What can American church planters learn from our international counterparts?
As director of training and leadership development for India Gospel League (IGL), Benjamin Chellapandian (“Pastor Benny”) oversees 7,000 church-planting pastors in rural India and Sri Lanka who over the past 25 years have planted roughly 70,000 churches. Recently, Chellapandian spoke to a U.S. church about God’s plan and purpose for growth, focusing on his observations from the Book of Acts. Below is an excerpt from his message:
In past years, the church has discovered that to fulfill God’s plan and purpose, we need to grow numerically. Much of that teaching comes from the Book of Acts’s account of the birth and growth of the early church. If we want to learn about planting churches that grow and accomplish Jesus’s mission, we don’t have to look any further than to the examples of the churches in Acts. I have learned (and continue to learn) so much from the early churches about planting churches. In Acts 1 after Christ’s resurrection, Jesus is teaching His disciples about the Kingdom of God and tells them to “wait in Jerusalem.” Then just before He ascends into Heaven, He shares with them Acts 1:8.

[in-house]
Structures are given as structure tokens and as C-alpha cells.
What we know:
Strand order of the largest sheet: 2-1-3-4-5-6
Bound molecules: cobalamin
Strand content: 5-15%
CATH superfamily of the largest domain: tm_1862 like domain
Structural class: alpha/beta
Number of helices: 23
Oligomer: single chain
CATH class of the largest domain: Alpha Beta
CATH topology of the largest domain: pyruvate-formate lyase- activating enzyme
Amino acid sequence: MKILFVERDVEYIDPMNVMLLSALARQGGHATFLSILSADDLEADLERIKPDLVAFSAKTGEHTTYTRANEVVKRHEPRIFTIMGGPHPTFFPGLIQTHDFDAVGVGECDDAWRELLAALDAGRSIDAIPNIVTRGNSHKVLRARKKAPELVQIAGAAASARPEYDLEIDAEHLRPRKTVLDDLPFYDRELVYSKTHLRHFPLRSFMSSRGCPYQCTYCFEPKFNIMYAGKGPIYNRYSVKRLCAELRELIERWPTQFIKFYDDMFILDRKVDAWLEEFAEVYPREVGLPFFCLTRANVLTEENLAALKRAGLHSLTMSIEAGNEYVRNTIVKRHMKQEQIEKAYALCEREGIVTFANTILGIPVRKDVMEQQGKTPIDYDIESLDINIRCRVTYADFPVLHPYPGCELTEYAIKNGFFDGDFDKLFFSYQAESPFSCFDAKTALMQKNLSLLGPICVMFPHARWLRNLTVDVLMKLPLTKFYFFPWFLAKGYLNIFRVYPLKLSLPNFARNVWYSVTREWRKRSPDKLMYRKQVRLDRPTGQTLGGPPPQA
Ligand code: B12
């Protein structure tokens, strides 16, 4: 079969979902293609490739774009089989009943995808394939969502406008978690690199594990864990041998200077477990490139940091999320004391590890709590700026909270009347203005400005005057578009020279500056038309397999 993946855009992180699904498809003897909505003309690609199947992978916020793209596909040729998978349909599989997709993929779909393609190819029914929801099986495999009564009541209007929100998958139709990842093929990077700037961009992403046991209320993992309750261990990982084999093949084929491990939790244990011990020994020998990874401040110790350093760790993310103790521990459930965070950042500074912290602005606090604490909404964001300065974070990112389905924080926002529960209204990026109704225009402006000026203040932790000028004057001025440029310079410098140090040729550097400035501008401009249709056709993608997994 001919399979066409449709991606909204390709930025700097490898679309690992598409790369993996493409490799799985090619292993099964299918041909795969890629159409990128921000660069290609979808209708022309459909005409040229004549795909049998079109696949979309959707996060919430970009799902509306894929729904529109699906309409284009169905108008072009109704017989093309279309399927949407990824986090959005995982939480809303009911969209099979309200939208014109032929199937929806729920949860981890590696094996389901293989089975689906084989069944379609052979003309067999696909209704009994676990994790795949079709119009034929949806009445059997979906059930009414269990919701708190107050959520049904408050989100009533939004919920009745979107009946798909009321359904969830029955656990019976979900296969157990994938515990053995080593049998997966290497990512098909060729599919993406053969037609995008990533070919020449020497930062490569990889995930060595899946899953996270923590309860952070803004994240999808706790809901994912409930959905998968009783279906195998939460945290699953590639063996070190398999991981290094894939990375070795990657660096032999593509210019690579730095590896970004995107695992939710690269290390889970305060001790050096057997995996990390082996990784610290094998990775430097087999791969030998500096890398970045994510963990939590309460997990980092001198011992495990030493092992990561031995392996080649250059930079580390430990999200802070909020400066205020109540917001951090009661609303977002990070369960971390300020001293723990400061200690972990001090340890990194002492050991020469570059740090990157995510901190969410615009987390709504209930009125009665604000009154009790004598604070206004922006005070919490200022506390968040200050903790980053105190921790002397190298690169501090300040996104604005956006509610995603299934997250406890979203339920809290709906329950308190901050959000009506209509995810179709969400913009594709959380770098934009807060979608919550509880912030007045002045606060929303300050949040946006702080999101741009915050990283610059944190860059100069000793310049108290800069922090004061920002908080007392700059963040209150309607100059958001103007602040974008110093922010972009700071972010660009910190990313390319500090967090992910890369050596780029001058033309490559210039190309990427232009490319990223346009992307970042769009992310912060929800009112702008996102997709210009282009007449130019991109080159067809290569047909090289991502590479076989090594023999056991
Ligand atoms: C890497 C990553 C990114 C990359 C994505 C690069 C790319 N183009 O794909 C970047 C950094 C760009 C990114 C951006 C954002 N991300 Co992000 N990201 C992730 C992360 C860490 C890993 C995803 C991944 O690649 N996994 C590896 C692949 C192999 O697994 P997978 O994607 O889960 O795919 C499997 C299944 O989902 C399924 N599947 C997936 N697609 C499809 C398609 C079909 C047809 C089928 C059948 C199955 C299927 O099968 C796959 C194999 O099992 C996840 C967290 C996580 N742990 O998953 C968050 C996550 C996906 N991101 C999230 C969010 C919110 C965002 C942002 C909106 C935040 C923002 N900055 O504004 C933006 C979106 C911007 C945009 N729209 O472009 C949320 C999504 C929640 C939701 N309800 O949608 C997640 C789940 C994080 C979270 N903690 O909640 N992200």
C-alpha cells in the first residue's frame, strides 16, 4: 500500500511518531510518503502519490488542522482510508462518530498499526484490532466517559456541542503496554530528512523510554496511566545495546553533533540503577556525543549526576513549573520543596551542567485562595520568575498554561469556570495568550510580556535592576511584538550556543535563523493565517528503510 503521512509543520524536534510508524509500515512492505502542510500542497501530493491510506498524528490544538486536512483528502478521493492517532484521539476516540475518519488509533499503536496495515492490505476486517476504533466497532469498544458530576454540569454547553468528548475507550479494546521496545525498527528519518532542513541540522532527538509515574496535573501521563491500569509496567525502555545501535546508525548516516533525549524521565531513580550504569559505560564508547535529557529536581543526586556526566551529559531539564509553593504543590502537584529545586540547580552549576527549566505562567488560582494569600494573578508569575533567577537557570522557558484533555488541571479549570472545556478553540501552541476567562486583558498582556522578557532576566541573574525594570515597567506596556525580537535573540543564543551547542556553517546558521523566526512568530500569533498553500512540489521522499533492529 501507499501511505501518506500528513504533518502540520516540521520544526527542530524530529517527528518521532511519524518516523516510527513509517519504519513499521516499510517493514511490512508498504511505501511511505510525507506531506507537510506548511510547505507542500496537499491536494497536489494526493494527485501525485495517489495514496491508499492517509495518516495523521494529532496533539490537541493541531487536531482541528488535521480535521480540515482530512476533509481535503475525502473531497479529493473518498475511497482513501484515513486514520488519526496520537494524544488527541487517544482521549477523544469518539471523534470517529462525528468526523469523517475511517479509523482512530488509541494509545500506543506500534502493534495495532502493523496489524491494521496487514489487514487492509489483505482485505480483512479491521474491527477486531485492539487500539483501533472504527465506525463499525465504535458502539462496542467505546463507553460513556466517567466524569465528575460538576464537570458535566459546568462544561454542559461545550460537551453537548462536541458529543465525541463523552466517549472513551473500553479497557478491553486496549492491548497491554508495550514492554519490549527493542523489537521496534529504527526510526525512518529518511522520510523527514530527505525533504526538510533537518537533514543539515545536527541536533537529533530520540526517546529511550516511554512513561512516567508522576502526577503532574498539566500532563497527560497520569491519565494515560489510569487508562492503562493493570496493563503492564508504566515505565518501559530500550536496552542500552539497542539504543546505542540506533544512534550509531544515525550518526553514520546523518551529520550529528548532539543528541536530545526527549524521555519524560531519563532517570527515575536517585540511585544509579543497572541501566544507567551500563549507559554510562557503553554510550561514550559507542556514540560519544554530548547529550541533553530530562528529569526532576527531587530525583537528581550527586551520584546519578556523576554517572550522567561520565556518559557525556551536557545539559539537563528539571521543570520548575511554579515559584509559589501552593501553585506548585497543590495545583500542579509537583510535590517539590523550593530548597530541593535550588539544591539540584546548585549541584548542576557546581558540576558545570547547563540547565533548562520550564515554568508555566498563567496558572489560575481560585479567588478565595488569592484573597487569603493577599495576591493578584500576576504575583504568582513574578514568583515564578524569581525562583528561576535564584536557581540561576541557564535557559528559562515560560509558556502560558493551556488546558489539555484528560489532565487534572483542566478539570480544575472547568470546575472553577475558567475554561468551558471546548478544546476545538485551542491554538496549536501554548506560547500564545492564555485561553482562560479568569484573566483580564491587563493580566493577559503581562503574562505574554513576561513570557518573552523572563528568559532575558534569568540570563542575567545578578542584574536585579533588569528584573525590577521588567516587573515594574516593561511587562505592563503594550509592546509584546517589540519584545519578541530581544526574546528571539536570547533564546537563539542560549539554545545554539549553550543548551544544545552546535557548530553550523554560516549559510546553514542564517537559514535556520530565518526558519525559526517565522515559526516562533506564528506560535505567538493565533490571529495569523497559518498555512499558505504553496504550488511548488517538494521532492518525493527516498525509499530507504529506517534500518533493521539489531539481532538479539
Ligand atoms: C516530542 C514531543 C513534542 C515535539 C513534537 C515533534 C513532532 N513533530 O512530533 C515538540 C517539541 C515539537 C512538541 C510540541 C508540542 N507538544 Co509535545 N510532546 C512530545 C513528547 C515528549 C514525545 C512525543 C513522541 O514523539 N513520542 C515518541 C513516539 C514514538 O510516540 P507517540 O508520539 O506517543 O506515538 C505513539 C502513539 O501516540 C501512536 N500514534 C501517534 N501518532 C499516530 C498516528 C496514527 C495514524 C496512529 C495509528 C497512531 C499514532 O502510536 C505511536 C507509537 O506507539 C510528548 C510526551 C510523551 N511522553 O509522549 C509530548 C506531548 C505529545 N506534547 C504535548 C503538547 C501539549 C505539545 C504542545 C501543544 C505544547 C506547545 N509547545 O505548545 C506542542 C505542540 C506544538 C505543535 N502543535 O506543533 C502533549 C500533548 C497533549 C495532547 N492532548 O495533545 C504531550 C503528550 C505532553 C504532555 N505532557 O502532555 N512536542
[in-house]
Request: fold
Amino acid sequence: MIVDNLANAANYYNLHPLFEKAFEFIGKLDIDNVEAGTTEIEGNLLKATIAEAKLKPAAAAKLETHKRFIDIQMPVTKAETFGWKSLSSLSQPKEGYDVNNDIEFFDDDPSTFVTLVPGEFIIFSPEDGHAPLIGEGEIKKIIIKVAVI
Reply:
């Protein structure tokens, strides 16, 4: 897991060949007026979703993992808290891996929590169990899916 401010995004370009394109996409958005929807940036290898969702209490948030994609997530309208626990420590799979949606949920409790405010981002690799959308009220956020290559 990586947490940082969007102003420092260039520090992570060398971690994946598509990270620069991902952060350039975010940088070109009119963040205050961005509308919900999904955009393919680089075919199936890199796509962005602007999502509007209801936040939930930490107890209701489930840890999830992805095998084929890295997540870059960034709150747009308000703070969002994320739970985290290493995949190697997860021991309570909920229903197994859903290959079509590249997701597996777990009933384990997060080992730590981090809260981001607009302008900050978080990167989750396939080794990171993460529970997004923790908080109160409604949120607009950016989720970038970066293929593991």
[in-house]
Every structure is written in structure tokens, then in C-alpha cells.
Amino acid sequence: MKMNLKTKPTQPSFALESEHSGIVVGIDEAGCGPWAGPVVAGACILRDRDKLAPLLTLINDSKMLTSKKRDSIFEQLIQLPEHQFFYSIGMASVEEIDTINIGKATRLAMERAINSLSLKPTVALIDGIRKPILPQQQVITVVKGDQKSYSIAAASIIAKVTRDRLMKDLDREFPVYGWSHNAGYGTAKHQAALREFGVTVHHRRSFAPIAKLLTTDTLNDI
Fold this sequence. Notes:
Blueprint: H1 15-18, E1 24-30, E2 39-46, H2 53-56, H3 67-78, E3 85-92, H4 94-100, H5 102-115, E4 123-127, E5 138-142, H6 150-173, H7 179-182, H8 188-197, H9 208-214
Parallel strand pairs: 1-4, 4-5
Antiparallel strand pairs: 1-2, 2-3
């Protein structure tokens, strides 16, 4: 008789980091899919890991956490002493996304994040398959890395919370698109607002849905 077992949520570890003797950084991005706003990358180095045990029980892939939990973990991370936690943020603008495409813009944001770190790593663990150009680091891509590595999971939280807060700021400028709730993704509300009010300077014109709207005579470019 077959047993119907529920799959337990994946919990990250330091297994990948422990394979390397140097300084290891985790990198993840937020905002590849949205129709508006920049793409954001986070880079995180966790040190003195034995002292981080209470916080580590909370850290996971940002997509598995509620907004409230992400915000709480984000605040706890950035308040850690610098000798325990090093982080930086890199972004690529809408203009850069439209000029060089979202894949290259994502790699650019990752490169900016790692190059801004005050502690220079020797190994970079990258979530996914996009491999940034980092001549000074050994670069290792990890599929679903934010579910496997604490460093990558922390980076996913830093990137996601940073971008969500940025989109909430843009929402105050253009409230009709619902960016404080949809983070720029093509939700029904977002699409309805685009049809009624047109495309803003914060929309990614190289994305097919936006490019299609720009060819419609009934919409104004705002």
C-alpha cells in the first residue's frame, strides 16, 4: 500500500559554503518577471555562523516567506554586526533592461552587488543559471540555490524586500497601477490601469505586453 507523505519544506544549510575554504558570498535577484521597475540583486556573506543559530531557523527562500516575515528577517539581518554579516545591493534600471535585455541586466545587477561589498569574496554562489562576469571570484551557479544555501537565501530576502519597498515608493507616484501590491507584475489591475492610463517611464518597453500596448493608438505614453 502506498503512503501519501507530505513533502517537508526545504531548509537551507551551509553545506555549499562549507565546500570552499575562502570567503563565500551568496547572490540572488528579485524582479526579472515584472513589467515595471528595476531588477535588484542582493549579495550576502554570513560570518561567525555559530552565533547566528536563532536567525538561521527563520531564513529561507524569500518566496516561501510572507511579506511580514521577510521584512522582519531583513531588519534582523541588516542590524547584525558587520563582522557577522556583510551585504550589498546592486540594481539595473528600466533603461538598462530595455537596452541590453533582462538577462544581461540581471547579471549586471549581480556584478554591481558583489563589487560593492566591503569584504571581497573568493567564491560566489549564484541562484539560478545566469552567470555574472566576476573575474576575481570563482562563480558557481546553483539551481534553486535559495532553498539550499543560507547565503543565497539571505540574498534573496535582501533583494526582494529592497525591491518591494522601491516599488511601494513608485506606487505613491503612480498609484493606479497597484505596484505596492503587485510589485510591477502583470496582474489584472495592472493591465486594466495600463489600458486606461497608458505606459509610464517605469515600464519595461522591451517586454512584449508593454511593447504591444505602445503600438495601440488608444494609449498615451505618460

“But you will receive power when the Holy Spirit comes on you; and you will be my witnesses in Jerusalem, and in all Judea and Samaria, and to the ends of the earth” (Acts 1:8, NIV).
Notice that the promise of power begins in Jerusalem, then moves to Judea and Samaria, and from there to the ends of the earth.
But I believe that God gives His disciples a strategy, purpose and plan for the church that goes beyond geographical. God gave us this growth plan to show how the church develops from one stage to the next, moving from the first stage to the second, the third, and finally to the fourth stage.
First Stage: The Worshipping Church
Acts 2:42-47 finds the early church in Jerusalem operating and growing. The believers devoted themselves to listen to the apostles’ teaching, to fellowship and to pray. They gathered together in houses to learn God’s Word. They shared their belongings. They worshipped and praised God, celebrating their new life in Christ.